I am a bit behind with what has been going on in Amiga land due to real life getting in the way (damn you real life!) but there have been a few items of interest which have popped up in the last month.
First off, Hyperion Entertainment has launched a new Wiki to help create documentation for user and developers both. This is definitely something a lot of users will appreciate and will hopefully be the first step towards the generation of consistently improving documentation for the community to benefit from.
Introducing the AmigaOS Documentation Wiki « Hyperion Entertainment Blog.
The AmigaOS Documentation Wiki is now available.
This new wiki is meant to fill a gap which we have been struggling with since the launch of the AmigaOS 4.0 project: proper user and developer documentation.
This wiki is using the most up to date, original AmigaOS documentation we could obtain permission to use as a baseline. It is true some of the information is rather dated and/or obsolete. But a majority of the information still applies to AmigaOS 4.0 and beyond. In my opinion, it is better to start with something rather than be staring at a mostly blank wiki.
We are also seeking to reestablish AmigaOS related standards and registries. The official SANA-II standard can now be found here. The IFF FORM and chunk registry is now here. The classic Amiga Manufacturer ID registry is here. Special thanks to Neil Cafferkey for the SANA-II wireless extension and James Jacobs for taking care of the registries all these years.
Editing rights to the wiki are currently limited to registered users only. We are looking for volunteers from the Amiga community to help out. If you would like to contribute in any way, please contact us using the contact form on the AmigaOS web site. Any help would be greatly appreciated!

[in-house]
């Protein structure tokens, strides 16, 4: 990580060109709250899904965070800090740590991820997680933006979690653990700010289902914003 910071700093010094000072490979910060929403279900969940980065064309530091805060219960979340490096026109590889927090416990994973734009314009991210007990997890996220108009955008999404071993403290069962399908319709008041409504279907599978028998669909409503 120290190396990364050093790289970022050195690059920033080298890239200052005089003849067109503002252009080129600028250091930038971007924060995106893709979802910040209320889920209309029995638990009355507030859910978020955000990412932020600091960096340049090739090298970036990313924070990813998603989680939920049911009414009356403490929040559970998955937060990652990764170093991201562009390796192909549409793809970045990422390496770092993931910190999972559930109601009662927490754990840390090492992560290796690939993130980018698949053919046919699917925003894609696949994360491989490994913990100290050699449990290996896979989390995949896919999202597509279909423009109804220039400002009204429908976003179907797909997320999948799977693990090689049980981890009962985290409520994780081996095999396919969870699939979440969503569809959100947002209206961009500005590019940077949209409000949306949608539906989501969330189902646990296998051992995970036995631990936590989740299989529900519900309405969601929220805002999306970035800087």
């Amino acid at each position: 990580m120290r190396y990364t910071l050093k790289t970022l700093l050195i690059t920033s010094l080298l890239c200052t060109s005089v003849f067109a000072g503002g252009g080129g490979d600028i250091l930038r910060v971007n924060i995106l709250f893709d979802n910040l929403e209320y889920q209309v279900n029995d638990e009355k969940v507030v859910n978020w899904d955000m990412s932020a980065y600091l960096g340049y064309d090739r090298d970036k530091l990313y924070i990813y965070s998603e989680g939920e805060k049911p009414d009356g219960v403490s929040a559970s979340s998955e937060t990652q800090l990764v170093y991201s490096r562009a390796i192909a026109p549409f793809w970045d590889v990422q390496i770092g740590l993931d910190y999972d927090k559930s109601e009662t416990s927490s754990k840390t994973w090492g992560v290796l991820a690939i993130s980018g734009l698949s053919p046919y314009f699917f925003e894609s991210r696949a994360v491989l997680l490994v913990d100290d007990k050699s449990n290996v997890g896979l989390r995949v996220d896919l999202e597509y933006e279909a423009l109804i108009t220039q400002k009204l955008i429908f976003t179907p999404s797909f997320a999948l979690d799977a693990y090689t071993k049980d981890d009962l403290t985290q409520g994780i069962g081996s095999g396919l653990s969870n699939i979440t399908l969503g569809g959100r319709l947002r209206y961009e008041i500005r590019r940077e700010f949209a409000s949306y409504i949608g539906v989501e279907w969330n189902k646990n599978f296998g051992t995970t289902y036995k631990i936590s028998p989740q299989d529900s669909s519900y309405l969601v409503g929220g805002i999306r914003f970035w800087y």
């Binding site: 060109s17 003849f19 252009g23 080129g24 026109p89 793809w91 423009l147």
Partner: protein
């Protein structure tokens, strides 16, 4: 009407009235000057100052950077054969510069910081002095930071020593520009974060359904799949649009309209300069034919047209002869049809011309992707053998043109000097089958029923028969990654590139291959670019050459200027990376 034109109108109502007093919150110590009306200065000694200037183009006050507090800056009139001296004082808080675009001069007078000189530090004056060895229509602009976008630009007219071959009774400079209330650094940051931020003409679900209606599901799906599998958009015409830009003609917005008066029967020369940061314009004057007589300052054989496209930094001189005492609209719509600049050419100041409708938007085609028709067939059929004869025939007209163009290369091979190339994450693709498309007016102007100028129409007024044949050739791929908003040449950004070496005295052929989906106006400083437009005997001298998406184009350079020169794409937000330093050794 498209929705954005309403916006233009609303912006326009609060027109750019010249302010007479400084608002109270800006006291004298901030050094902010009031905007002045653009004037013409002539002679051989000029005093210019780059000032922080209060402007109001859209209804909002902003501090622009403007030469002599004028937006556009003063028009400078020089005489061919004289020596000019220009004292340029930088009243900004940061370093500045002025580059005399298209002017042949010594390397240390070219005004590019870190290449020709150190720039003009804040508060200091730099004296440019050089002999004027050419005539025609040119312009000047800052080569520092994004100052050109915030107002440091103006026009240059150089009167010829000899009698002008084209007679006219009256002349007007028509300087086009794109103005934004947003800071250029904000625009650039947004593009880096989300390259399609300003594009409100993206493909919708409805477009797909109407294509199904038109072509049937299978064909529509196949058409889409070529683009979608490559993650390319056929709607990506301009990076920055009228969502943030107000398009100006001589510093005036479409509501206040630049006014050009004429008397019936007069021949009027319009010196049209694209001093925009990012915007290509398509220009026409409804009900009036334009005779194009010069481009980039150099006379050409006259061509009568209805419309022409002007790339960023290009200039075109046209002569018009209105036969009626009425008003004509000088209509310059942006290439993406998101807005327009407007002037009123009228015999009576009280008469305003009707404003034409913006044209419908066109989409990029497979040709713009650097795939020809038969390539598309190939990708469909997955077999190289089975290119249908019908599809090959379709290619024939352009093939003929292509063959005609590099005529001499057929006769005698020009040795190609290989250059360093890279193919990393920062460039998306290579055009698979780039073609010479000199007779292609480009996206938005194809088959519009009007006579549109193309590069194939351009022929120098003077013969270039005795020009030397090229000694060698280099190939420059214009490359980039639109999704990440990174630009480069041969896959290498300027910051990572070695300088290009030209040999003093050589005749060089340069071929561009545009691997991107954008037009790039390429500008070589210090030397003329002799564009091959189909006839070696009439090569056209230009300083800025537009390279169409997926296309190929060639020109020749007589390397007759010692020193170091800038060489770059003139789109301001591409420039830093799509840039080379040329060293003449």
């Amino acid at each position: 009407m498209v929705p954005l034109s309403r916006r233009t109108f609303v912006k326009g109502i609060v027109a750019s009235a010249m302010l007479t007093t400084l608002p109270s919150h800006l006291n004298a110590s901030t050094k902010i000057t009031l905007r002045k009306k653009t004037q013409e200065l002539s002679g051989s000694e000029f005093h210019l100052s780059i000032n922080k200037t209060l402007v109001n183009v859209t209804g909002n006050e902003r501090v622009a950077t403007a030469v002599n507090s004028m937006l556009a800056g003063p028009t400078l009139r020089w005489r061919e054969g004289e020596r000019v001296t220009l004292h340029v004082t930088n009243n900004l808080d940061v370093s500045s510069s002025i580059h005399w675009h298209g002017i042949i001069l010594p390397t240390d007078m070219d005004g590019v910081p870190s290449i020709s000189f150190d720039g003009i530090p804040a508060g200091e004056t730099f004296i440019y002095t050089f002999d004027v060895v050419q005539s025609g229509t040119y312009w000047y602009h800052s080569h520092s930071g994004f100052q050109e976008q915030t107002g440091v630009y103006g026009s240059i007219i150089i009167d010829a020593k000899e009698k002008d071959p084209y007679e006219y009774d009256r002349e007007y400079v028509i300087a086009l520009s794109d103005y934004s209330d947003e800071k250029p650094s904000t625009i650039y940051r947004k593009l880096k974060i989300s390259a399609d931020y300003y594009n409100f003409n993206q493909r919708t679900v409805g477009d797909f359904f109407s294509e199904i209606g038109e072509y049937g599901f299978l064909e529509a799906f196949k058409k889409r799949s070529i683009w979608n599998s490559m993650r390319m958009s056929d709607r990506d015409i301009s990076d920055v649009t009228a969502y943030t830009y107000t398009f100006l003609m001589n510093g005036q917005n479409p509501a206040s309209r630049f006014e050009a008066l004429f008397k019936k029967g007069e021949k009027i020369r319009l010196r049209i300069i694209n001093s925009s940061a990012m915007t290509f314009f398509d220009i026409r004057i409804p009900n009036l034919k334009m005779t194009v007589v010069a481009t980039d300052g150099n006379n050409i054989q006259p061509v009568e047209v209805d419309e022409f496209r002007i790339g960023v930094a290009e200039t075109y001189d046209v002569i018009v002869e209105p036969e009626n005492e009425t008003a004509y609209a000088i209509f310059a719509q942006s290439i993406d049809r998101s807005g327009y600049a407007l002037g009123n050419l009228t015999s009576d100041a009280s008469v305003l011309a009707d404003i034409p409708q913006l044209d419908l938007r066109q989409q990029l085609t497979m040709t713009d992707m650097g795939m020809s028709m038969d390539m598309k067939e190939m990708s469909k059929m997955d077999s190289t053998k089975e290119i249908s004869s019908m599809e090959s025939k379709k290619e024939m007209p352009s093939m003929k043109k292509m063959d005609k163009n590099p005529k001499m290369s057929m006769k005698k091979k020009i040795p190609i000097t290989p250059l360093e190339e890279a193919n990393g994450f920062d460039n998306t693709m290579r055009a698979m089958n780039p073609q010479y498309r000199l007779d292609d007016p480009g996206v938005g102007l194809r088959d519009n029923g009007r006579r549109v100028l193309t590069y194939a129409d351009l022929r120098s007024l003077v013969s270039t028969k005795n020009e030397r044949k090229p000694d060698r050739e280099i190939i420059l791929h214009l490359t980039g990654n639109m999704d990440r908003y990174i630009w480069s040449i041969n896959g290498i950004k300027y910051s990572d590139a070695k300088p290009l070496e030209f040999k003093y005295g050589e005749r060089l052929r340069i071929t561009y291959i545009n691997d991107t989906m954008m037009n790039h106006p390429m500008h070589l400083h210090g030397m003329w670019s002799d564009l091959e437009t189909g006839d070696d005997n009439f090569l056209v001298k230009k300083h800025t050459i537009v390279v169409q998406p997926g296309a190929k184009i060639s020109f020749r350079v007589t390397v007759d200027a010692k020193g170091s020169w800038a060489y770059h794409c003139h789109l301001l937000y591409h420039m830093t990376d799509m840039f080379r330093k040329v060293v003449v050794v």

AmigaOS Development Team Lead
via Introducing the AmigaOS Documentation Wiki « Hyperion Entertainment Blog.
For those of you lucky enough to own an AmigaOne X1000, progress has been made so that you can natively programme under AMigaOS4 the XMOS XS1-L2 chip, also known as Xena. It will be interesting to see what weird and strange things people will do for this chip.
Xena – Signs of Life « Hyperion Entertainment Blog.
The first tools for programming Xena (no, not the Warrior Princess) are now ready for distribution.
The XMOS XS1-L2 chip built into each AmigaOne X1000 with a unique local bus connected directly to the PA6T.
These tools provide the ability to load programs directly into the the Xena chip as well as monitor most of the internal registers as the code is executed.
Unlike other XTAG devices, no adapter board, USB port, or JTAG cables are needed. We can access all of this directly from the AmigaOS command line.
In addition to the new tools, a new AmigaOS resource named xena.resource is included to arbitrate access to the new hardware features.
I have also included a simple .xe file that will flash two LEDs on the AmigaOne X1000 board, as a “proof of programming” demonstration.
These tools were ported from code provided by Segher Boessenkool. Please be sure to thank him if you see him around the XCore Exhange Forums.
The tools are available now and can be downloaded directly from Hyperion’s web site by all registered X1000 users. The new tools and documentation will be added to a future release of the AmigaOS SDK as well.
Information on XMOS chips, compilers and other tools are available at their web site.
Excellent community resources may be found at the XCore Exchange.
I hope these tools provide a beginning into the exploration of these Xciting new features.
For more information about me please visit my web site.
via Xena – Signs of Life « Hyperion Entertainment Blog.